1,001 days from the disappearance of Tim Bosma to opening statements at trial

And so the actual trial part of the Tim Bosma trial finally begins on Monday — 1001 days after Tim Bosma disappeared, 997 days after Dellen Millard was arrested and 985 days after Mark Smich was arrested.

Both Dellen Millard and Mark Smich are pleading not guilty to first degree murder of Tim Bosma, and it goes without saying that none of the allegations against them have yet been proven in court. They are innocent until proven guilty.

It should not take this long for a case to get to trial, but, in Ontario, most murders aren’t tried until two years after charges are laid. This places a tremendous burden on both the family of the victim and the accused as well. Witnesses are also affected as memories fade, a dark cloud looms endlessly over them, and sometimes people even die.

That’s no excuse for this type of delay. By way of comparison, the Boston Marathon bombing took place on April 15, 2013, the month before Tim Bosma was killed. It was both a hugely complex, terrorism-related investigation and a death penalty case to boot, yet the trial of Dzhokhar Tsarnaev began on March 4, 2015 and ended with a verdict on April 8, 2015. It was quite exceptional in the US where murder cases are almost always tried within a year, as they should be in Canada too.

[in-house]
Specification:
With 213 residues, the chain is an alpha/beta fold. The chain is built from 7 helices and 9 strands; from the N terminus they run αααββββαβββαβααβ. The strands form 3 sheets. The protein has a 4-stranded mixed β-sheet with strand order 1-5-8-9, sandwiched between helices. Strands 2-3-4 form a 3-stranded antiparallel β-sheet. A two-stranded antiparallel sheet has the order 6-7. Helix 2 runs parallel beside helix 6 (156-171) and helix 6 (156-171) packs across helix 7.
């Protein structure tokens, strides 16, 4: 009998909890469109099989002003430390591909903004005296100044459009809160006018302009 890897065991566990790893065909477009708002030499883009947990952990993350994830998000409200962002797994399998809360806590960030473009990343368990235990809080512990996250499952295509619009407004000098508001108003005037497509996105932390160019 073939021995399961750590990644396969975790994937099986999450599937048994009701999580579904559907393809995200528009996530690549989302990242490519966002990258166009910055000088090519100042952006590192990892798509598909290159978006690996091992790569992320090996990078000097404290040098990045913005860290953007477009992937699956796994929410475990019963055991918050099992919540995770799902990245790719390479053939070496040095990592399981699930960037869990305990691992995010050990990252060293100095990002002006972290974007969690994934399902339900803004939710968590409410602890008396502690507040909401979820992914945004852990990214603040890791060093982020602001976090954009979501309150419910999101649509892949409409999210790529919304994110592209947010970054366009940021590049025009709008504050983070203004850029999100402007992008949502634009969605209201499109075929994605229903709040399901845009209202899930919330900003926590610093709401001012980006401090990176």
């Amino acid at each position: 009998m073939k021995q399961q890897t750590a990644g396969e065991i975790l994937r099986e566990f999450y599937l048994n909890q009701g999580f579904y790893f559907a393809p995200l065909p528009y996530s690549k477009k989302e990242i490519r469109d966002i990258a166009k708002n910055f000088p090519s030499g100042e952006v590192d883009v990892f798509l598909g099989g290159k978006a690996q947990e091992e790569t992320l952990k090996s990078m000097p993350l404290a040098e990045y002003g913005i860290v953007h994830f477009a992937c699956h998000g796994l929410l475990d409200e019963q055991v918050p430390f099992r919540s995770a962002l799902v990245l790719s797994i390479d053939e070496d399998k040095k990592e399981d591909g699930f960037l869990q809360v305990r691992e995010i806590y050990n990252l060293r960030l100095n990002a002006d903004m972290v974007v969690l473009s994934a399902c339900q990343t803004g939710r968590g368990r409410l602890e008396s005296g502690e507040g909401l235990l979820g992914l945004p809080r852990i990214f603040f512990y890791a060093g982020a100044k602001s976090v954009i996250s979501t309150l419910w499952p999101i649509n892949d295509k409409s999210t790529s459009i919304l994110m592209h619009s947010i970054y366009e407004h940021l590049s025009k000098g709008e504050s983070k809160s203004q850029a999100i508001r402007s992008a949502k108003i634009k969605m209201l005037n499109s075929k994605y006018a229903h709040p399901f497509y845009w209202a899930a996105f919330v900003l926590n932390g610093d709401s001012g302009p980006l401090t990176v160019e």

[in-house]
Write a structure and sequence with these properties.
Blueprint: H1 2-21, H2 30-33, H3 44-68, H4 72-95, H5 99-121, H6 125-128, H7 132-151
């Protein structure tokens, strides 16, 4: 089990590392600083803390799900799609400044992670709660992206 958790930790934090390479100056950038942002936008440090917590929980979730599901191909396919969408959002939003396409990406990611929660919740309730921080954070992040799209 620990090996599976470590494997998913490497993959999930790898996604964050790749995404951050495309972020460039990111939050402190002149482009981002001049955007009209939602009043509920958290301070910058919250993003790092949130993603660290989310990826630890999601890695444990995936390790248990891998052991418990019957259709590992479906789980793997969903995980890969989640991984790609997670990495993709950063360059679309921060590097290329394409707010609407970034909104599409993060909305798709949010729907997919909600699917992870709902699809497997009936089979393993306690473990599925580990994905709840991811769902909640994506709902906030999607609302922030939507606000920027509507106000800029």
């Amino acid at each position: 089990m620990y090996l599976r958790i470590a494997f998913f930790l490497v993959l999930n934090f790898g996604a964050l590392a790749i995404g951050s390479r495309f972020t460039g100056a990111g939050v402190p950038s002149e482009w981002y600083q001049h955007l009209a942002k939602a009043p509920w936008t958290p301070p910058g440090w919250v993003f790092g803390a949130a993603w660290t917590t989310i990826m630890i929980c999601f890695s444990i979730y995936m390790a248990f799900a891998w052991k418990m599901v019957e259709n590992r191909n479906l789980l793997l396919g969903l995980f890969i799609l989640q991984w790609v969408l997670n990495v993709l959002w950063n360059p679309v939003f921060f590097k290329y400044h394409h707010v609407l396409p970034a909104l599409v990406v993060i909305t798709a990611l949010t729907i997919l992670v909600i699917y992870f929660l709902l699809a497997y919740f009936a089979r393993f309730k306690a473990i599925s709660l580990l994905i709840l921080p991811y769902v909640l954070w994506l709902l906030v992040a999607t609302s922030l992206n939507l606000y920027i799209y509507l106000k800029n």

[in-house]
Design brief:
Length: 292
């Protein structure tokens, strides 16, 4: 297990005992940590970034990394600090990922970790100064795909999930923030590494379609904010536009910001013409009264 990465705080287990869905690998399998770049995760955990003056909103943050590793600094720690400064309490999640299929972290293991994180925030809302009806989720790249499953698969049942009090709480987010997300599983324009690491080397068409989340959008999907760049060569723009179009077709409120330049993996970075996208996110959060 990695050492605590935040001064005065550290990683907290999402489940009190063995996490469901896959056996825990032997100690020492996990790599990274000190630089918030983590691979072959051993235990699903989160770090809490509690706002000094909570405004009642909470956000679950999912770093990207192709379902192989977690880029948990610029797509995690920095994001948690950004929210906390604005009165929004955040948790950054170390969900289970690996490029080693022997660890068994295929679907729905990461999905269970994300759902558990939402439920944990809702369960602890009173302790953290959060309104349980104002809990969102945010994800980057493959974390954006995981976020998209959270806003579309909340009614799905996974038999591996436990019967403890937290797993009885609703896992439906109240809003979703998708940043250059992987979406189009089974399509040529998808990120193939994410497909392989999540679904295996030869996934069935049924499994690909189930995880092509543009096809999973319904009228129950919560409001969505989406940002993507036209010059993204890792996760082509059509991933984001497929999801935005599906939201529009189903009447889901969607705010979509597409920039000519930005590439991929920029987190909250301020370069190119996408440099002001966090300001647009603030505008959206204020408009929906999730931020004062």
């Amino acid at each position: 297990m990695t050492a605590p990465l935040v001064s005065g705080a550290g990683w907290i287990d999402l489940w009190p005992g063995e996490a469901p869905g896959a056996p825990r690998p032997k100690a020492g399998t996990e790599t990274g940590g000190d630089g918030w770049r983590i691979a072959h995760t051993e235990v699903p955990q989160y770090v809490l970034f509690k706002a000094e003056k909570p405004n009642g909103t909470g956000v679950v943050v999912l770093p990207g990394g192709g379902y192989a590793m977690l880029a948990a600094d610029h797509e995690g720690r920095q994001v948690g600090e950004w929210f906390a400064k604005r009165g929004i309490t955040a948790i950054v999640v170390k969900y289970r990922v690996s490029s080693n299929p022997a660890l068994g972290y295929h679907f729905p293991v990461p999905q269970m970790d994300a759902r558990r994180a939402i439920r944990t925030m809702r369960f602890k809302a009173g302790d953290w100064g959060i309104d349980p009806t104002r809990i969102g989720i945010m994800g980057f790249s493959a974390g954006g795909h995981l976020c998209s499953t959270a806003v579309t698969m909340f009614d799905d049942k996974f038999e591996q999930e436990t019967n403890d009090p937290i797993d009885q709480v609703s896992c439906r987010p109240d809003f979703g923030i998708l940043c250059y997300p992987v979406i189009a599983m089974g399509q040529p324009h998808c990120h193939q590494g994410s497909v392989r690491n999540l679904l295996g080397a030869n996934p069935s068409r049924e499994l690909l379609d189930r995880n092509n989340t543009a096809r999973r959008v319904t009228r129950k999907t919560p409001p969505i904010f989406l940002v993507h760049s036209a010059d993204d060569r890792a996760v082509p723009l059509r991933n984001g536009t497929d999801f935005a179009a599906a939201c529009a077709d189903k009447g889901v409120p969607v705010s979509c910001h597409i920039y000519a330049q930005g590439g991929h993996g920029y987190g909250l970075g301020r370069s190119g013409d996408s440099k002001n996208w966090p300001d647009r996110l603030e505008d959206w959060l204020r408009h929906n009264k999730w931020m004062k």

After watching Justice Andrew Goodman handle the pre-trial motions and jury selection in the Bosma case, I’ve decided he may just be the man to help fix the oh-so-slow Ontario criminal justice system. He took over as the trial judge in October 2015 after the well respected Justice Stephen Glithero fell sick and had to step down.